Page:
With Netanyahu’s and Lieberman’s combined 42 seats, plus a few others in the Knesset, the right-wing has emerged victorious in Israel.

Flexing such muscles, Lieberman is a threat to the U.S. and EU call for peace in the region, and a direct threat to developing U.S. foreign policy under President Barack Obama.

He, therefore, demands our attention. Here are two essential articles:

"Key to who will govern Israel: Avigdor Lieberman," Christian Science Monitor, 12 February 2009: LINK

"Unite to block Lieberman's march on Jerusalem," Ha’aretz, 1 February 2009: LINK


To measure political attitudes of both Israeli and Palestinian citizens immediately following the election of Obama, a poll was conducted in November and December by the Hebrew University of Jerusalem’s Harry S. Truman Research Institute for the Advancement of Peace and by the Palestinian Center for Policy and Survey Research in Ramallah, RESULTS OF THE POLL


As a counter to the political power of the right-wing and to the extremism of an Avigdor Lieberman, there is a growing progressive movement in Israel, and groups such as moveon.org and the international AVAAZ.org are raising money to foster projects that would teach these progressives to use the Internet to raise both grassroots support and funds.


Informed readers will now want to pay closer attention to this developing story.
UPDATE: Avigdor Lieberman has thrown his support behind Benjamin Netanyahu - with concerssions. Read story HERE.
UPDATE: Peres picks Bebe; delegates demand 'broad government.' Read official press release.


Frodo of Arabia said...

There is no way to make any of this simple, despite the excellent effort herein. What is important is that Americans, who portray many roles, recognize that they are first of all, Americans. All of the other roles we share are subordinate. We should always do what is in the interest of America.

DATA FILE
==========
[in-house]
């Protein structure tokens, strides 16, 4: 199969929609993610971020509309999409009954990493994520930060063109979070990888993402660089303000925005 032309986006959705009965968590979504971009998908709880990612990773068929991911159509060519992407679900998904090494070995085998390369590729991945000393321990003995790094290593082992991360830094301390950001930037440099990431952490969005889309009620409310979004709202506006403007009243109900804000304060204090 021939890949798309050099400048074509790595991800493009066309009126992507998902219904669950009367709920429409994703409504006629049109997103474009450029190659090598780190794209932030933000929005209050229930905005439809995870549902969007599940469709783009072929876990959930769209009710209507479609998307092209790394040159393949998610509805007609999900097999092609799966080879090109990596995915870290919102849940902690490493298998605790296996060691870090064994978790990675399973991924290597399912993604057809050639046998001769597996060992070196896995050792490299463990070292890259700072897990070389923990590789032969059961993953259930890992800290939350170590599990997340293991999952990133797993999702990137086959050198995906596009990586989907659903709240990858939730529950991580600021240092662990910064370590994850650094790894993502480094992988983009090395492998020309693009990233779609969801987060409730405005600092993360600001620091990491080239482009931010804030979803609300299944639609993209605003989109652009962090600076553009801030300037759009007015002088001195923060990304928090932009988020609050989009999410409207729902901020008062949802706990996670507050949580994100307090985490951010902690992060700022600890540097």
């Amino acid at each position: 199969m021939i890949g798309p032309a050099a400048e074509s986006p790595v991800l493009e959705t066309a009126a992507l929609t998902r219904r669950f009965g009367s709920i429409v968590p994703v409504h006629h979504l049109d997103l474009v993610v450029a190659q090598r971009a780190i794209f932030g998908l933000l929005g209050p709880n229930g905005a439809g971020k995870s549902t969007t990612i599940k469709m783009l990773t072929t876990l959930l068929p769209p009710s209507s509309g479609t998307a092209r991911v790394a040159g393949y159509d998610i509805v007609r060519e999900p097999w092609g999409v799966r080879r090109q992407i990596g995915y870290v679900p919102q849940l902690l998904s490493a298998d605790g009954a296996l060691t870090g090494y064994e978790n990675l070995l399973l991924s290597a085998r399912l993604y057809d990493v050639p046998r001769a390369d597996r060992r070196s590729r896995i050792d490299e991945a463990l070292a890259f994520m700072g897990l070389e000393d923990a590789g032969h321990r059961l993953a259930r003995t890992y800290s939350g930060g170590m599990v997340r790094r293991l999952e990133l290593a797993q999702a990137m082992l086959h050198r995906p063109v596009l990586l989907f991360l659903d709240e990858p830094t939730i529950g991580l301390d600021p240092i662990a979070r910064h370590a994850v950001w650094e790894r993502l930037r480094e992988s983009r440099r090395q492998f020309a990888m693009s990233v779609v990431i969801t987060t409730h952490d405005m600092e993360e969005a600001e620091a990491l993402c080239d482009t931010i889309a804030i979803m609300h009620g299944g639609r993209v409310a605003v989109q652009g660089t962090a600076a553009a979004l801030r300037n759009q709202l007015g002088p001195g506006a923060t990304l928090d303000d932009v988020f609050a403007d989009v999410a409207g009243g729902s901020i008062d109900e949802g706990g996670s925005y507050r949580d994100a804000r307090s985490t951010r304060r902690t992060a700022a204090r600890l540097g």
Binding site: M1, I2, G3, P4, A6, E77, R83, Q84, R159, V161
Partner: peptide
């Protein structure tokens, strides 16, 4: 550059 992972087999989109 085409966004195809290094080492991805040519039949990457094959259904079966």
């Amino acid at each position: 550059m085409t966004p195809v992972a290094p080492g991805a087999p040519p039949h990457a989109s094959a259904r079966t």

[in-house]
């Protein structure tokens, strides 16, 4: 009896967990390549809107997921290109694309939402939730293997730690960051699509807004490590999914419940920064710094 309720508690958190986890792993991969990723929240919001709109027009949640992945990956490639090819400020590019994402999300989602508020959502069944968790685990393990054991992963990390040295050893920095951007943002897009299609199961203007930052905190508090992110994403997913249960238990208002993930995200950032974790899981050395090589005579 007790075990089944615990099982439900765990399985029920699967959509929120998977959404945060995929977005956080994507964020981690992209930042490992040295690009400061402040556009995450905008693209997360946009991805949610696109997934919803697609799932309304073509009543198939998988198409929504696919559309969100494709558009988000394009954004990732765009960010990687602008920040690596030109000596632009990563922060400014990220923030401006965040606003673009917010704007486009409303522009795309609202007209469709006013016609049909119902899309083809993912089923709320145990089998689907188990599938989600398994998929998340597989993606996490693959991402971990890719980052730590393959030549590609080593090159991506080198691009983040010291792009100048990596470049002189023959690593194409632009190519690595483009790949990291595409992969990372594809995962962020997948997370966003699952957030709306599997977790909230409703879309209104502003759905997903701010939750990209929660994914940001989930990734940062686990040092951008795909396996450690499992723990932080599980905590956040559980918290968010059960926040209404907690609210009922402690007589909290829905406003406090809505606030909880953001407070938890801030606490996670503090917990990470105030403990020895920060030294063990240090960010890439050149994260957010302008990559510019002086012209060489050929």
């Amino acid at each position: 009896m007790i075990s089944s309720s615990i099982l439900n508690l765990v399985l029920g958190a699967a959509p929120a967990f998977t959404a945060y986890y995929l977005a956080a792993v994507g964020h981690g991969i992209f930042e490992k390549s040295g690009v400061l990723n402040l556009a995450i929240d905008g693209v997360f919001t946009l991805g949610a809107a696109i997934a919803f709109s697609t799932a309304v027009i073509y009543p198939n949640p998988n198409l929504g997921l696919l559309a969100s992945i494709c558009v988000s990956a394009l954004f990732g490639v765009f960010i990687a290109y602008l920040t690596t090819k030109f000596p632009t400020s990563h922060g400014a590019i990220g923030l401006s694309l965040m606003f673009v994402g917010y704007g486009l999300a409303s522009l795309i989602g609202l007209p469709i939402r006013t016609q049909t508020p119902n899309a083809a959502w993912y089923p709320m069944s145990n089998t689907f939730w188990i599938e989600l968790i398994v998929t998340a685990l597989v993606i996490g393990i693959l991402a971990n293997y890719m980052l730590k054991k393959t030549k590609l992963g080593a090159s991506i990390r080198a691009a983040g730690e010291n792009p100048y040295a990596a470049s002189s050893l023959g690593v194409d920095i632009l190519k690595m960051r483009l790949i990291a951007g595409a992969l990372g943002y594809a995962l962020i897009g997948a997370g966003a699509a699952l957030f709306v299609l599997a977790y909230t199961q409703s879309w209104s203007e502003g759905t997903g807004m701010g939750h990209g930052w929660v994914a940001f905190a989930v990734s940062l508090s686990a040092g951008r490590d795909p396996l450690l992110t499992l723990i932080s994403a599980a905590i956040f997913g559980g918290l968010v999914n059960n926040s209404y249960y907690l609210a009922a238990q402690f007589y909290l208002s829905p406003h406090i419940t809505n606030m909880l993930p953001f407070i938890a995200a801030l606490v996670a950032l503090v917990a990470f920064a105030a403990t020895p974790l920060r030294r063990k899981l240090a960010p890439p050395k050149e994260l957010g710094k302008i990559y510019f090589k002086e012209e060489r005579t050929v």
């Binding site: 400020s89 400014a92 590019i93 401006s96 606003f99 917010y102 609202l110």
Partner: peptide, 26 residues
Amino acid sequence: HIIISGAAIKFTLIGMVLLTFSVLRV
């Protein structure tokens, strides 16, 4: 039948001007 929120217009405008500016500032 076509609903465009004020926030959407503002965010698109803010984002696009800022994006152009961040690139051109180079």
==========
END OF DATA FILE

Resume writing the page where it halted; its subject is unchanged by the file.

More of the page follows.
Despite the rigidity of acting only in the interest of America, the United States cannot be Pontius Pilate. America purged herself of "Manifest Destiny," and she will be well-served by the end of Zionism. When the path is taken to "one state" or to the alternative of "two states," the struggle will not end. The political players are the merest of pawns.

There will someday be an incentive for "one state" to recognize the other, and to work with them in improving their own quality of life. Concomitantly, the other "one state" will recognize that their borders can only extend so far, and that beyond is a path which they travese, alone.

Ideologues, with terrible weapons, and a pathological belief in their own righteousness. Some things, as they say, do not change, the stage is just the same, and all that differs are the actors upon it.

airth10 said...

We shouldn't forget how much worse the Bush administration made the situation with its hand-off policy.

In 2004, I remember Bush saying that he was personally going to 'ride-herd' to help broker a deal between the Israelis and the Palestinians. Again, in that instance, as he often was in the saddle, he was 'all hat and no cattle'.